During the first years in my townhouse, this was the dull-dull backdrop of my front garden, with old grey siding, black shutters and metal chairs, and a forest green umbrella. You can’t see the pots here but believe me, they were all in similarly dull colors. I guess I wanted to fit in, and I sure did.
But early in the pandemic I started researching ways to add color to the house and soon realized I could just rip off the siding and paint the house a nice blue. Wow what a difference it’s made in my garden because to my eyes, anything looks better with a backdrop of Wedgewood Blue.
But notice in the foreground that even the poles that I had installed for hanging vines were painted grey. At least I dared to hang colorful beads on the wires. But this is as far as my adventures in house color went at first. All blue, with no accent color.
Next I took the teeny step of painting the house numbers and the pole near them mint green, a color I love that fortunately is on my co-op’s approved color list. And notice the Mid-Century metal chairs, formerly black, are now fuchsia! I hung a colorful metal flower and replaced the dark umbrella with one in pink and blue.
I’m almost embarrassed to point out the next tiny step I took, seen in the photo right above – continuing the accent color on the horizontal ledge under the windows. That required a return visit by my handyman/painter, which happened last summer.
Well, this month I finally asked him to come back and complete the paint job on my house. Those horizontal brick bands (called “speed lines”) next to the windows are now the same accent color, as they should be in order to highlight this sole decorative element on the otherwise deliberately unadorned International Style cinder block facade.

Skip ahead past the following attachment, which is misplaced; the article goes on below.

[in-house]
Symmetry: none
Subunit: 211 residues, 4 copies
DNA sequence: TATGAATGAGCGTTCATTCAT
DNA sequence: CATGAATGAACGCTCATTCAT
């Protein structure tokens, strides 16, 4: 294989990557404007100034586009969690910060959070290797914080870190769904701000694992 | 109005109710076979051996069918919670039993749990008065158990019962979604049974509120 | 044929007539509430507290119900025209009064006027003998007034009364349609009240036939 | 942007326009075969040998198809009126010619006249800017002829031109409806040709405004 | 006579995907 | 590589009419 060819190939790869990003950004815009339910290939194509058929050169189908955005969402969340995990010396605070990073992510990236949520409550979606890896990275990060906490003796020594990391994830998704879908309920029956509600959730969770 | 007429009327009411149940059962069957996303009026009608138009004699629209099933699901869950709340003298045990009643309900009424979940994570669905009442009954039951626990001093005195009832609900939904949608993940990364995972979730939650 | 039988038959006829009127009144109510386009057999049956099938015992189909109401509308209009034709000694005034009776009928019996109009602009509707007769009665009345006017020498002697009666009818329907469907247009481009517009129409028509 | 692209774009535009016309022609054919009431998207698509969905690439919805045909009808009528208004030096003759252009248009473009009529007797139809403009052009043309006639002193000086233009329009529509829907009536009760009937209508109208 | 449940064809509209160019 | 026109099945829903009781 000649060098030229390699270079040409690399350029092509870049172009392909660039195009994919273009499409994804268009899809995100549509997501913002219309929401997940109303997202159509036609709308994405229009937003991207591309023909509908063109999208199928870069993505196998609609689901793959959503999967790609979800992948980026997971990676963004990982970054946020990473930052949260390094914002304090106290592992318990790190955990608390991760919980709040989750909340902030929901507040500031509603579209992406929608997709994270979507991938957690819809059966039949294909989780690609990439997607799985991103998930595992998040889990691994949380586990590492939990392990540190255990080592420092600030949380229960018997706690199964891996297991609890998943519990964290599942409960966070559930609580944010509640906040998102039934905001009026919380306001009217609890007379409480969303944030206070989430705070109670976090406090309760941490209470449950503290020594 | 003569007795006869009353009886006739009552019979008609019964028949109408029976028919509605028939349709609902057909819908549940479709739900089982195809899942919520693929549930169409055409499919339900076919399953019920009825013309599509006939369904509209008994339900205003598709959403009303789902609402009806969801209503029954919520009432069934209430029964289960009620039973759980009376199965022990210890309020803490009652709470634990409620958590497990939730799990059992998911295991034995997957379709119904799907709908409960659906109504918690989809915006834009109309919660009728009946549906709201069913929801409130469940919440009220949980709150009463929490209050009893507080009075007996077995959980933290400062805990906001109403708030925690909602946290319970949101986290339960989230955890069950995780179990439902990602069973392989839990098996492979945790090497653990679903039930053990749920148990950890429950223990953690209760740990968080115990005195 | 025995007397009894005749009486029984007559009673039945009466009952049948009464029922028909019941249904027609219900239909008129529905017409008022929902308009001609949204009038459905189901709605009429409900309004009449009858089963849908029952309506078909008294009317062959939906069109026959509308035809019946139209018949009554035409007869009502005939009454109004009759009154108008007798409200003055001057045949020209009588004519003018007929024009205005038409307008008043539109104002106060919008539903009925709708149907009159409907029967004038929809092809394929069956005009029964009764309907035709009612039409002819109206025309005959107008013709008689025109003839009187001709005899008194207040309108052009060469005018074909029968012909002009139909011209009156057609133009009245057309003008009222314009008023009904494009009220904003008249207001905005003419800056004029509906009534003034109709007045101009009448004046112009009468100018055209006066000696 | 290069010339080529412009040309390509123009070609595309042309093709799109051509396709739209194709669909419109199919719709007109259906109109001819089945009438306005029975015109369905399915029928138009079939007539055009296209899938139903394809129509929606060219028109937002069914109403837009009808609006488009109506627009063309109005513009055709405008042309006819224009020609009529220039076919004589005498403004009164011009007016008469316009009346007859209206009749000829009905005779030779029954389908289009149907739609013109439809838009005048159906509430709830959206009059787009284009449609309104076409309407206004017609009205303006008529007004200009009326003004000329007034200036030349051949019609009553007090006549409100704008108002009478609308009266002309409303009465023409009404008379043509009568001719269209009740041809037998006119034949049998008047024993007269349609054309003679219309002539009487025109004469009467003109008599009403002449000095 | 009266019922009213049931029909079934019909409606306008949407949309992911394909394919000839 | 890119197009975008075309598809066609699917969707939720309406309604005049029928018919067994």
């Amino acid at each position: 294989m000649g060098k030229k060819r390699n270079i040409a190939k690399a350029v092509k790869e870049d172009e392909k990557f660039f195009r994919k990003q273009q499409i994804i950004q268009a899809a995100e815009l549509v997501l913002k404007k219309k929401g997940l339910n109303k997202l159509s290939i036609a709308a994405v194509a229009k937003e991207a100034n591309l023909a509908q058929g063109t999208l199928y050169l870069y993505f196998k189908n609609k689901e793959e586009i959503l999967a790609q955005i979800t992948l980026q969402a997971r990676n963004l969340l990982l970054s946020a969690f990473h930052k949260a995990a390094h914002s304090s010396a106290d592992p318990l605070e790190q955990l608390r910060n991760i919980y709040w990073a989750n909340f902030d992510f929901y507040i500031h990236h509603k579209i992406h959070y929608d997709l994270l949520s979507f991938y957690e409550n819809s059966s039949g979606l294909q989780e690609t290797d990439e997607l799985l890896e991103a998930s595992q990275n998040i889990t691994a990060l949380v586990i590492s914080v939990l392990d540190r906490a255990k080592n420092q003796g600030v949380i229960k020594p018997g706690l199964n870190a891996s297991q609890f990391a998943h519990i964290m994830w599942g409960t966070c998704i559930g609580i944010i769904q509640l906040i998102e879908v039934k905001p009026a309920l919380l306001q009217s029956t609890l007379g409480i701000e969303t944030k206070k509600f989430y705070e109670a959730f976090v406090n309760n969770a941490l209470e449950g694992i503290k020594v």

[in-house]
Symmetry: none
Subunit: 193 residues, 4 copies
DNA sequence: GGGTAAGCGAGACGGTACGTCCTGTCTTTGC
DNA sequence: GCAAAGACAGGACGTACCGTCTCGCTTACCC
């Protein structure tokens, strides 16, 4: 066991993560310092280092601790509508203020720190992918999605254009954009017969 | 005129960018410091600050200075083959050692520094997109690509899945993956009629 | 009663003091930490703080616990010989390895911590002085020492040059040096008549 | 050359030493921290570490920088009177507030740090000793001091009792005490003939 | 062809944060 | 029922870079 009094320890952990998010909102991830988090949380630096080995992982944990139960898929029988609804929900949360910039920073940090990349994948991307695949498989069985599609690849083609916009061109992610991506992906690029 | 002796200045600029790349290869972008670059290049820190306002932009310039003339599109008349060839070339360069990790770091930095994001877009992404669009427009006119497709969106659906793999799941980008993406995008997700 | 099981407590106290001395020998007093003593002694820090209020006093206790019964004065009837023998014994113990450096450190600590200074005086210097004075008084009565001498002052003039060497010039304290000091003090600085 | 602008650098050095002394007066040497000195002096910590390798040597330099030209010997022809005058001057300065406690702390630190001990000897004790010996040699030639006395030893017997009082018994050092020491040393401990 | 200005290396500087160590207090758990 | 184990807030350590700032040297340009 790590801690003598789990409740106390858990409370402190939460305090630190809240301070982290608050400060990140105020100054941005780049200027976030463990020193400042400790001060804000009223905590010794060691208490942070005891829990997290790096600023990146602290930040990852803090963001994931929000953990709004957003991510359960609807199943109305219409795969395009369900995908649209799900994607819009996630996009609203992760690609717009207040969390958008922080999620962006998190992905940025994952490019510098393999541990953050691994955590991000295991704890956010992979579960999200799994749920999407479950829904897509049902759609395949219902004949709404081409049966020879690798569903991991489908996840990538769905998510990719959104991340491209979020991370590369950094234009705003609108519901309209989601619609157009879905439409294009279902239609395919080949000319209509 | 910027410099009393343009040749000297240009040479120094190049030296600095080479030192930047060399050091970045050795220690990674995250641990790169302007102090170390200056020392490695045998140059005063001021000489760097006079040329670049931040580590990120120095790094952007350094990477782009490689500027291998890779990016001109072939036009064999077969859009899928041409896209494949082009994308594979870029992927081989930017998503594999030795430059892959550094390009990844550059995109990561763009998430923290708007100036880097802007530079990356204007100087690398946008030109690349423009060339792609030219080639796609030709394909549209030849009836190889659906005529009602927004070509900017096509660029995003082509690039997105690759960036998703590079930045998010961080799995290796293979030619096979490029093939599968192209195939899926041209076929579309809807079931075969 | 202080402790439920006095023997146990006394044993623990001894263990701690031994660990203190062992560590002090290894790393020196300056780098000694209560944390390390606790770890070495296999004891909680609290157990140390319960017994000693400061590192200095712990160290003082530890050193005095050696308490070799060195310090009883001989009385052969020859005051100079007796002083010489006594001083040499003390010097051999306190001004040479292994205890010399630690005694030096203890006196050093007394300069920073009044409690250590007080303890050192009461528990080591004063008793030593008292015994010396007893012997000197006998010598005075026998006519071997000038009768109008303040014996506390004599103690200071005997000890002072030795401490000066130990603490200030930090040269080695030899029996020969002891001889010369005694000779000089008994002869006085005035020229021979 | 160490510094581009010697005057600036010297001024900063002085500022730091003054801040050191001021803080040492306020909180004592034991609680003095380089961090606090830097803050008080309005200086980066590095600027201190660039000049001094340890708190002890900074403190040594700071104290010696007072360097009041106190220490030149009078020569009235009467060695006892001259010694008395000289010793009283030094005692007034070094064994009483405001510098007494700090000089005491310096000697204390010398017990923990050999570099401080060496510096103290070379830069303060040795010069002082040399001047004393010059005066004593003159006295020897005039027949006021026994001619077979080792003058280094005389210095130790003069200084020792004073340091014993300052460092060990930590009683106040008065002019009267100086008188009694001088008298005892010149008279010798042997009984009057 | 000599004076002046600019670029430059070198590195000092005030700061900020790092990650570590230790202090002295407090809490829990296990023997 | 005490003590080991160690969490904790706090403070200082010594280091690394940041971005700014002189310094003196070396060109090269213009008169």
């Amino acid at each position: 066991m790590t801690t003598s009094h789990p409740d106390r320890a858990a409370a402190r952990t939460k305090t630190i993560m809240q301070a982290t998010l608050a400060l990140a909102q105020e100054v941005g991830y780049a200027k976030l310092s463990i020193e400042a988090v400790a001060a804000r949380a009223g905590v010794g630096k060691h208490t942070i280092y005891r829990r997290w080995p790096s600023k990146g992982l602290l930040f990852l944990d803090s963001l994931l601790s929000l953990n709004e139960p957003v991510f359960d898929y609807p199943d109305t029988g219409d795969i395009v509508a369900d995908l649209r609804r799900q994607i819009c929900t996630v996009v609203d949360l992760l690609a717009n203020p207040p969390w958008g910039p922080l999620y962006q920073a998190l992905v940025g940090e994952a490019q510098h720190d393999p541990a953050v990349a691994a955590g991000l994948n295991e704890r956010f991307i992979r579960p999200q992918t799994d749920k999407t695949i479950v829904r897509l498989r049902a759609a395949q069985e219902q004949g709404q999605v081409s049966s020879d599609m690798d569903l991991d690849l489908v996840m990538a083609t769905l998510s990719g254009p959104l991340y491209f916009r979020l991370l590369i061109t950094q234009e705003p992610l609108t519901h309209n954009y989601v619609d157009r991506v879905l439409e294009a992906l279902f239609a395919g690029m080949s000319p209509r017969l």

Importance of the Garden’s Setting
I was never going to love this garden unless I at least liked the look of the house facade and outdoor furniture. (Just like I could never love it with the arborvitae hedge I first used to try to achieve screening, before switching to vines.)
So I contend that garden-making can start with improving the setting, the backdrop against which the garden is seen. Hell, I used to avoid taking photos of my front garden because of the old grey siding in the background. Now I shoot tons of photos of this garden and share them freely. (As regular readers might have noticed.)
Having the Courage of your Convictions
My timid, gradual transition from a bland to a colorful house reminds me of some wisdom I heard on the job years ago that I’ll never forget (and sometimes even remember to use).
I attended meetings of DC’s reviewing bodies for buildings and landscapes around the city’s “monumental core.” The long-time chair of one of them, J. Carter Brown, pretty much single-handedly reigned over aesthetic decisions affecting the city’s prominent sites and almost always got his way.
I tried to soak in Chairman Brown’s vast knowledge of art, architecture and good taste across the board, but I remember most his encouraging the planners and designers who came before him to “Have the courage of your convictions!” Gotta good idea? Don’t be timid. Go all in. Give your idea a fair shot.
I think that works for lots of elements in the garden – plants, for instance. I’ve learned that to have any impact at all, most of them have to be grown in masses. What’s the point of buying just one of a perennial? It’ll take two whole seasons before it’s grown enough to decide if you like it or not, or if it’s happy in that spot or not, and if the answer is yes, you’ll have to go buy more and wait another two-three seasons for the plants to really make a show of it.
With other garden elements, like patios, I say don’t skimp! Have a little courage. Budget-willing, of course.